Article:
The Importance Of Seasoning Your Saute Pans

When it comes to stacking your kitchen cookware, finding suitable pans, pressure cookers, and woks is essential. However, maintaining them effectively and caring for them is equally significant. With pans, you have a variety of materials to choose from (iron, non-stick, ceramic, etc.). However, overused pans can turn greasy, lose their coating, and require frequent attention to remain resilient and long-lasting. For instance, your saute pan can turn rusty or lose its functionality with time. Unseasoned pans can also interfere with the cooking ability. Whether you want the perfect scrambled eggs or roasted vegetables, seasoning your pan is the first thing you need to get done.


How to season saute pans?

According to a recent survey, the pandemic has caused Aussies to spend more time cooking and making liquor in the kitchen. It implies that more kitchenware is coming into use, and more likely it is to lose its functionality. This is why seasoning your pan may be an option to keep them working in the long run. The seasoning procedure primarily depends on the type of pan you use. Many pans can be used for sauteing, but cast iron and non-stick pans are typically the most used ones. Non-stick pans are considered the healthier choice as they require less oil and are fast to saute or roast food. On the flip side, iron pans, well known for their durability, have been the conventional saute pan choice. Here is a step-by-step guide to season your pans.


For the Non-stick pans

Non-stick is the current and modern cookware choice. It offers several benefits, from being easy to clean to cooking. However, non-stick pans may lose their surface coat or develop pores with regular usage. As a result, they demand seasoning frequently to retrieve their surface. Here is how you can season a non-stick pan flawlessly.


  1. Start by washing the pan

To begin with, grab some warm water and a bar of mild dish soap to clean the pan. Use a soft sponge to clean the dirt or excess fat and oil from the surface. Next, air dry the pan. You can use a dishcloth to wipe off the extra water and allow the pan to dry for a while.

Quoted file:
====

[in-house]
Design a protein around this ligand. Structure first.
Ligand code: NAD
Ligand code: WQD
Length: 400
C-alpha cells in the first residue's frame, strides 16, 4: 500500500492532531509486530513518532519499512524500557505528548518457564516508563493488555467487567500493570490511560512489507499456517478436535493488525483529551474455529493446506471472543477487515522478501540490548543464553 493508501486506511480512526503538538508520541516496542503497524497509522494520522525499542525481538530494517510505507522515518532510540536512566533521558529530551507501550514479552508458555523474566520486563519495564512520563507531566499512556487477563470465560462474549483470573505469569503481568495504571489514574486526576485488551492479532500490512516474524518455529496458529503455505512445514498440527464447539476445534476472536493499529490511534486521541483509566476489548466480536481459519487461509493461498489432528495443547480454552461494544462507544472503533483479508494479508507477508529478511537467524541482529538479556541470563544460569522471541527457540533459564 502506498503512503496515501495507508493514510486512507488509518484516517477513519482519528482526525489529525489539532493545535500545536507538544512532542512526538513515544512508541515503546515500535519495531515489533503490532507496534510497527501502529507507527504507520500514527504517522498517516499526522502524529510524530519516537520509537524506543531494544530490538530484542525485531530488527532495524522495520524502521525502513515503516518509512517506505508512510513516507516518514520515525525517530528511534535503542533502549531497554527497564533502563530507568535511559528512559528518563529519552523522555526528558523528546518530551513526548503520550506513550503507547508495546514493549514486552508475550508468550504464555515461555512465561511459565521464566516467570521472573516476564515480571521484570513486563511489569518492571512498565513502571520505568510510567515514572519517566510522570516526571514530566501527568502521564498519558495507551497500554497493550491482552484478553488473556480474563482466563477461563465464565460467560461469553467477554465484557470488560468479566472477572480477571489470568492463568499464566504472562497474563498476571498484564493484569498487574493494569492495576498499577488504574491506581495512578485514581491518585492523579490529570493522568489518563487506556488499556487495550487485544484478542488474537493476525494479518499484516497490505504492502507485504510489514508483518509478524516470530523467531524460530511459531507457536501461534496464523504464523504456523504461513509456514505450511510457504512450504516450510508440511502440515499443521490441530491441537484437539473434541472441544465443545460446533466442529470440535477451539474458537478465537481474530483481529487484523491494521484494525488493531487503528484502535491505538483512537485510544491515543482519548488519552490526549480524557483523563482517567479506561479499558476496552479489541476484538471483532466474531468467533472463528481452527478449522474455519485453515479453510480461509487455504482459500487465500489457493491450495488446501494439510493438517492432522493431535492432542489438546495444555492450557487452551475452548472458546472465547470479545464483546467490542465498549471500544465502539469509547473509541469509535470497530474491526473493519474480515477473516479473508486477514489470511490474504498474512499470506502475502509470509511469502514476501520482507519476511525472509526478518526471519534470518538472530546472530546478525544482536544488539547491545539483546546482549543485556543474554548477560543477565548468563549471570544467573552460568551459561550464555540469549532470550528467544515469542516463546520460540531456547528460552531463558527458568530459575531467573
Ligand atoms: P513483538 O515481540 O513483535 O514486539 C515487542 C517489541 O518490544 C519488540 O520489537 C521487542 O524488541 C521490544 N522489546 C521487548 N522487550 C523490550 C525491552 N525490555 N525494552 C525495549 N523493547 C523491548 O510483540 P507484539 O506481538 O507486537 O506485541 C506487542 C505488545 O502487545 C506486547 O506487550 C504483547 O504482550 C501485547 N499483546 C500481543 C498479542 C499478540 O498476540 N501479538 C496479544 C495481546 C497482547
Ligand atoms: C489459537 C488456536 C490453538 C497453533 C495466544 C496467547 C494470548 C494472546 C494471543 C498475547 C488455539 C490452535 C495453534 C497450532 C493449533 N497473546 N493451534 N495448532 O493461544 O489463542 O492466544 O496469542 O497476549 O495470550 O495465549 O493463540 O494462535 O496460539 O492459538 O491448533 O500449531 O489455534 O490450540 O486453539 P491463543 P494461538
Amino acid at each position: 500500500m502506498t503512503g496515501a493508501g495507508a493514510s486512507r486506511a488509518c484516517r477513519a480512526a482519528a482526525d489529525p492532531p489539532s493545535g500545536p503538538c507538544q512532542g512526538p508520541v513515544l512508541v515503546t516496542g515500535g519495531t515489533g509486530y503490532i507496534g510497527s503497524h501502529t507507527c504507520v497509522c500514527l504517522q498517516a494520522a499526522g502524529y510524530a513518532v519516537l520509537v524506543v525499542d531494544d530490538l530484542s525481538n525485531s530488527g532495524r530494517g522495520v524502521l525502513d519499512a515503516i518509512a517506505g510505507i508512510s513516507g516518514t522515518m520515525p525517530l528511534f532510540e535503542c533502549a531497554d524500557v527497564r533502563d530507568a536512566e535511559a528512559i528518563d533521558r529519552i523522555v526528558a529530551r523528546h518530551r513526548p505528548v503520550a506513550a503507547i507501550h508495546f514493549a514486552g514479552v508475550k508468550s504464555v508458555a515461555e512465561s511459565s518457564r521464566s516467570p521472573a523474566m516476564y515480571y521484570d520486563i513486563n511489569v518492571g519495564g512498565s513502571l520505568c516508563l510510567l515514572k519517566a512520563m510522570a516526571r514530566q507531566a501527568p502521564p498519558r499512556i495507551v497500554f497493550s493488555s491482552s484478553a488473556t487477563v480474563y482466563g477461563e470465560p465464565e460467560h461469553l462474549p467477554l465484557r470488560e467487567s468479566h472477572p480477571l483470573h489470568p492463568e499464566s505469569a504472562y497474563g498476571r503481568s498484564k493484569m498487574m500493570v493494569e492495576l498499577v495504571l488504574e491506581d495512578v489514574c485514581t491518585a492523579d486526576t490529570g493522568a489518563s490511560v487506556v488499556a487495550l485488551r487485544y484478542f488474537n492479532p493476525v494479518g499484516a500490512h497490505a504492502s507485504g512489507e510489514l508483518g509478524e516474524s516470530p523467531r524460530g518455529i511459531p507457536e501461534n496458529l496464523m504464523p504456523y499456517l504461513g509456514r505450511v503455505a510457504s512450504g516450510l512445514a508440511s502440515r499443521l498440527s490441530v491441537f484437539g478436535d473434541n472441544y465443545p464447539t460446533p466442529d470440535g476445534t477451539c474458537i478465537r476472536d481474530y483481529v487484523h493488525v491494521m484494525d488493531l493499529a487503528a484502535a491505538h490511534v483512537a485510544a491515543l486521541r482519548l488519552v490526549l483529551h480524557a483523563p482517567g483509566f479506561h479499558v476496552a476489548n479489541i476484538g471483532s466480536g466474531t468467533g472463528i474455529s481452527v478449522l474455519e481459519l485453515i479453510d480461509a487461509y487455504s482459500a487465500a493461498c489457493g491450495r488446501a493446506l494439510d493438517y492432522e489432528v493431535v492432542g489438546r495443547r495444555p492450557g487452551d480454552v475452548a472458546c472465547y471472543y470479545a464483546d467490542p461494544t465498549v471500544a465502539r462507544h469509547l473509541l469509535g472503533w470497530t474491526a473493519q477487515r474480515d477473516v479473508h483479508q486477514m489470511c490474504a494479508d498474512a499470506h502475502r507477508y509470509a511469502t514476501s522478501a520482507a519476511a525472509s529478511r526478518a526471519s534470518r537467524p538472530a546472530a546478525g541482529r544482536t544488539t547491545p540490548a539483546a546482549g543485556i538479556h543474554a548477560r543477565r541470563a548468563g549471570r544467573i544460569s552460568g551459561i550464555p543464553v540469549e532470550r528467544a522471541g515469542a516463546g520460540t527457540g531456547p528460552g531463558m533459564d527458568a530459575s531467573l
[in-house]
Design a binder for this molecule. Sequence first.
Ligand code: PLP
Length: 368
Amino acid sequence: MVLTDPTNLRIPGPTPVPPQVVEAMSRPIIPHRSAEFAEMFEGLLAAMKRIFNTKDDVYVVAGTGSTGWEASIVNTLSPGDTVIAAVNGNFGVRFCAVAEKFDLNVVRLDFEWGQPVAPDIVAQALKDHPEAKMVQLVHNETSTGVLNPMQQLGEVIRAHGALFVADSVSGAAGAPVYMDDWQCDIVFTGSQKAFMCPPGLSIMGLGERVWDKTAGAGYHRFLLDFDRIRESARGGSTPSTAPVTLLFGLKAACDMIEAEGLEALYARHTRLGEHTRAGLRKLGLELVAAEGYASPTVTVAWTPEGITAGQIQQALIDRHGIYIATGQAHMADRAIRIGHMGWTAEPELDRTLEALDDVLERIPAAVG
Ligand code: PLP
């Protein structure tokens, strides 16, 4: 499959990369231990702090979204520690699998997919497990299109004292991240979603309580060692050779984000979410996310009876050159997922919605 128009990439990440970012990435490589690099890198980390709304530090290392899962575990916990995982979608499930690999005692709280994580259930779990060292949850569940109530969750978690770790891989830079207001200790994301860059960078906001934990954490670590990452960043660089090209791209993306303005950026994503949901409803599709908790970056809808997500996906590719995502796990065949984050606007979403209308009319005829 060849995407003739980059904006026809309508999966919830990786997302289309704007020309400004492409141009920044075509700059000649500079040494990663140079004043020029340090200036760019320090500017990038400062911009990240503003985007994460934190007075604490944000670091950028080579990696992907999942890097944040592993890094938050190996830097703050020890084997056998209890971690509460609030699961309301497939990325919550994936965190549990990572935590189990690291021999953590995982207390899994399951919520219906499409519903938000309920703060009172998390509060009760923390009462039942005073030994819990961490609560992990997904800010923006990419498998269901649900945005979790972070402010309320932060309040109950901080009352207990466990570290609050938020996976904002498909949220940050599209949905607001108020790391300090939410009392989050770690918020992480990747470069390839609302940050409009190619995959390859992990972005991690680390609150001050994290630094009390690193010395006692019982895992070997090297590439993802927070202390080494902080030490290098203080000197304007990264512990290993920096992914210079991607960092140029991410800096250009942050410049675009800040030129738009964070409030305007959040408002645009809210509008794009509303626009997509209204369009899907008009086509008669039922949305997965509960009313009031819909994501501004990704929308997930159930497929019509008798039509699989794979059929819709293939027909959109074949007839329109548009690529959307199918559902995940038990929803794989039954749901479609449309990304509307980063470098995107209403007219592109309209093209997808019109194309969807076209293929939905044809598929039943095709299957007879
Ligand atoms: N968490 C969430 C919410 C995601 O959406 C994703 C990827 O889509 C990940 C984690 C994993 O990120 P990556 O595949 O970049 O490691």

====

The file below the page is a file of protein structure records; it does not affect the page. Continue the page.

1. Preheat the oven

Simultaneously preheat your oven at 400 degrees F. Pour a few drops of olive oil or peanut oil onto the pan and heat the pan for about one hour. Then, remove the pan from the oven. Use a pair of oven gloves while you handle the hot pan. Allow the pan to cool and, use a dishcloth to wipe off excess oil/fat (if any).


For the cast iron pans

Iron saute pots are pretty familiar among experienced cooks and chefs, as they come a long way in versatile cooking. Cast iron pans are well known for their extensive heat retention, making cooking much easier. However, one cannot overlook the significance of seasoning a cast iron pan. It’s because cooking acidic foods can damage the seasoned surface, causing it to wear out. Here is how you can toss it.


  1. Scrub the pan

To begin with, scrub the pan gently using some mild detergent or dish soap. Rinse through and air-dry the pan thoroughly. Wet pans may not get seasoned well when heated.


  1. Add oil

When you season cast iron pans, layer the surface with a single layer of cooking oil to lubricate the surface. Never add too much oil as the surface can turn sticky.


  1. Use the oven

Place the oiled pan in a preheated 400 degrees F oven for thirty minutes. Now, place the pan in the oven for another one hour at 450 to 500 degrees F. Finally, use a set of safety gloves to remove the pan from the oven. Let it cool and start using.


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